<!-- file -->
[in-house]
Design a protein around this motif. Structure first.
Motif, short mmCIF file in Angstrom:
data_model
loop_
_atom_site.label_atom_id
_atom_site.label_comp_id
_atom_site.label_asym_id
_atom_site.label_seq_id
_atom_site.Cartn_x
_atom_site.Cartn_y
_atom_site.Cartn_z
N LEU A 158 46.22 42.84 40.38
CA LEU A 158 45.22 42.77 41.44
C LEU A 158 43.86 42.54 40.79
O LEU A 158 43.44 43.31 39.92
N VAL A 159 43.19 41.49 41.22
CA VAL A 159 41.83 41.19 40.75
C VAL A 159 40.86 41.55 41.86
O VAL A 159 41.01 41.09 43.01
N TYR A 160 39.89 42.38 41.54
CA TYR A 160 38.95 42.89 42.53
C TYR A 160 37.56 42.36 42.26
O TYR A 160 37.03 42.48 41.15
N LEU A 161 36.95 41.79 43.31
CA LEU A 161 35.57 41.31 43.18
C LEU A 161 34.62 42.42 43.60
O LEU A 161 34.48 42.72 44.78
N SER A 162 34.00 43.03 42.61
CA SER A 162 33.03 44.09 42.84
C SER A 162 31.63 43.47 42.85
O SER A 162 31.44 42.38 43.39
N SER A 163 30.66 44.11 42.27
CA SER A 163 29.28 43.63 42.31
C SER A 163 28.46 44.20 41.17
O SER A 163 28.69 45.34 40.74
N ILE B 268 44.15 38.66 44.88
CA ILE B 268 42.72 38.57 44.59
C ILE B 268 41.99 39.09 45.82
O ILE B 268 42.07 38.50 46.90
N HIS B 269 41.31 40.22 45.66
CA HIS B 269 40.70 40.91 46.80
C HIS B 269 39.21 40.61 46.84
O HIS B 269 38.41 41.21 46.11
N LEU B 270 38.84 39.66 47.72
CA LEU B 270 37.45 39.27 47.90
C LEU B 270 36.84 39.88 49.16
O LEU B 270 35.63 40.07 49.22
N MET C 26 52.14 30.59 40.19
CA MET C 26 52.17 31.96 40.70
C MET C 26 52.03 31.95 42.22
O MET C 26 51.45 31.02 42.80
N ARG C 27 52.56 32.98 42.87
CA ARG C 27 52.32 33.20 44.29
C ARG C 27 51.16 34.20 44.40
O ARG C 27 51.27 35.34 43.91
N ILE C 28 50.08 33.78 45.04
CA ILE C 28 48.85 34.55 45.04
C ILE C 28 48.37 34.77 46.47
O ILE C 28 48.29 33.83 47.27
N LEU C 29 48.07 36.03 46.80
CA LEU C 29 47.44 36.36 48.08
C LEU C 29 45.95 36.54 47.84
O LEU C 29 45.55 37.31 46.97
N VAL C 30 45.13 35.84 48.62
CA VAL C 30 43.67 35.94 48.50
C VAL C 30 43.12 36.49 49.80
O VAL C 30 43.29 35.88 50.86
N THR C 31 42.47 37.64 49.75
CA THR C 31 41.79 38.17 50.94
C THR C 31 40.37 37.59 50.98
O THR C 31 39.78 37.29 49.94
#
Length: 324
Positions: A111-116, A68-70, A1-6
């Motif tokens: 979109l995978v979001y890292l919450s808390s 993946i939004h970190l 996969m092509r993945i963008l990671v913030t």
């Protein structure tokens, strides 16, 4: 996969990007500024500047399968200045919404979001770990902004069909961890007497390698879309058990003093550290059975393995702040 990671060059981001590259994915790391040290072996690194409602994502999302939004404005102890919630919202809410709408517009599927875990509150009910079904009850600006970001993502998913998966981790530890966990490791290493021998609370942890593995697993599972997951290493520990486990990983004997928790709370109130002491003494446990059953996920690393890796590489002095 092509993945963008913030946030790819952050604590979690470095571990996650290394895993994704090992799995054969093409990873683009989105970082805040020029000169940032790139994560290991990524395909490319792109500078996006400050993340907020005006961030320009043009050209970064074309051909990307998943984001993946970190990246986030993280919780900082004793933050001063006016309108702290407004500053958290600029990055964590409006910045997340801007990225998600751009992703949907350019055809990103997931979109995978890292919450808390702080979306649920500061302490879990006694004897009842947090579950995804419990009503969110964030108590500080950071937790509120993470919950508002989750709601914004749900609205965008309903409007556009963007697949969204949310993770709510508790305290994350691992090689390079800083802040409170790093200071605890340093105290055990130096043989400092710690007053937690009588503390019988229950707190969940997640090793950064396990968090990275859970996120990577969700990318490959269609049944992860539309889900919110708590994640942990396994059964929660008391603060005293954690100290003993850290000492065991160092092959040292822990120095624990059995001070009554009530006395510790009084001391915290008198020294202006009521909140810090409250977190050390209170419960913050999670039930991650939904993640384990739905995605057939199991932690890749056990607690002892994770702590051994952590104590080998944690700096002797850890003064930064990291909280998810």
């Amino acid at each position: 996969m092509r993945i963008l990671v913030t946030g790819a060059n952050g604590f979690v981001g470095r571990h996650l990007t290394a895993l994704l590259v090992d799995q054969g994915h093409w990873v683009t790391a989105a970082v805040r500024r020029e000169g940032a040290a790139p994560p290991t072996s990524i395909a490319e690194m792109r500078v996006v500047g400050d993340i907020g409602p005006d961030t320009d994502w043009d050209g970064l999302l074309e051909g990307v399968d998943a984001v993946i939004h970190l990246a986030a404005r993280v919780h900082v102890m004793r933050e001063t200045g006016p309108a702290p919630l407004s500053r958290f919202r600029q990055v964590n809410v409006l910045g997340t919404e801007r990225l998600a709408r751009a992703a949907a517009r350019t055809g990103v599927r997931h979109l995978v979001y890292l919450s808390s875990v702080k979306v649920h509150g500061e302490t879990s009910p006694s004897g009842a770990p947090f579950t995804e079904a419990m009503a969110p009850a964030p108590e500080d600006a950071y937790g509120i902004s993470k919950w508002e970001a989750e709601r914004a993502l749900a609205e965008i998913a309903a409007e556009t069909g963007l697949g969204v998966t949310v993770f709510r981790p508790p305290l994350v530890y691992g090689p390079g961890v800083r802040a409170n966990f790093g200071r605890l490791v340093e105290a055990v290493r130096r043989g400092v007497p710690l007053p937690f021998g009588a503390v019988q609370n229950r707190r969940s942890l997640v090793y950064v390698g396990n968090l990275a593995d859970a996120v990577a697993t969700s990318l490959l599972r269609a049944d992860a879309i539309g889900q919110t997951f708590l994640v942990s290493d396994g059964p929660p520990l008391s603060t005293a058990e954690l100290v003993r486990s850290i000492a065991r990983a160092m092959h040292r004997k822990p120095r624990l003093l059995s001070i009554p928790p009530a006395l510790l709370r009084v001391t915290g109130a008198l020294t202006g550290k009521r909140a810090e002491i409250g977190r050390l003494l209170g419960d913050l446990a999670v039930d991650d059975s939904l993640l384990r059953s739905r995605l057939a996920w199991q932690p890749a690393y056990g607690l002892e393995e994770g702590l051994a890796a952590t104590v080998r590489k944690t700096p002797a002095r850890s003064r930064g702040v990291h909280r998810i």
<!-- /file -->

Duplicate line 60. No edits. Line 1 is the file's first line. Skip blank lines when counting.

O ILE C 28 48.29 33.83 47.27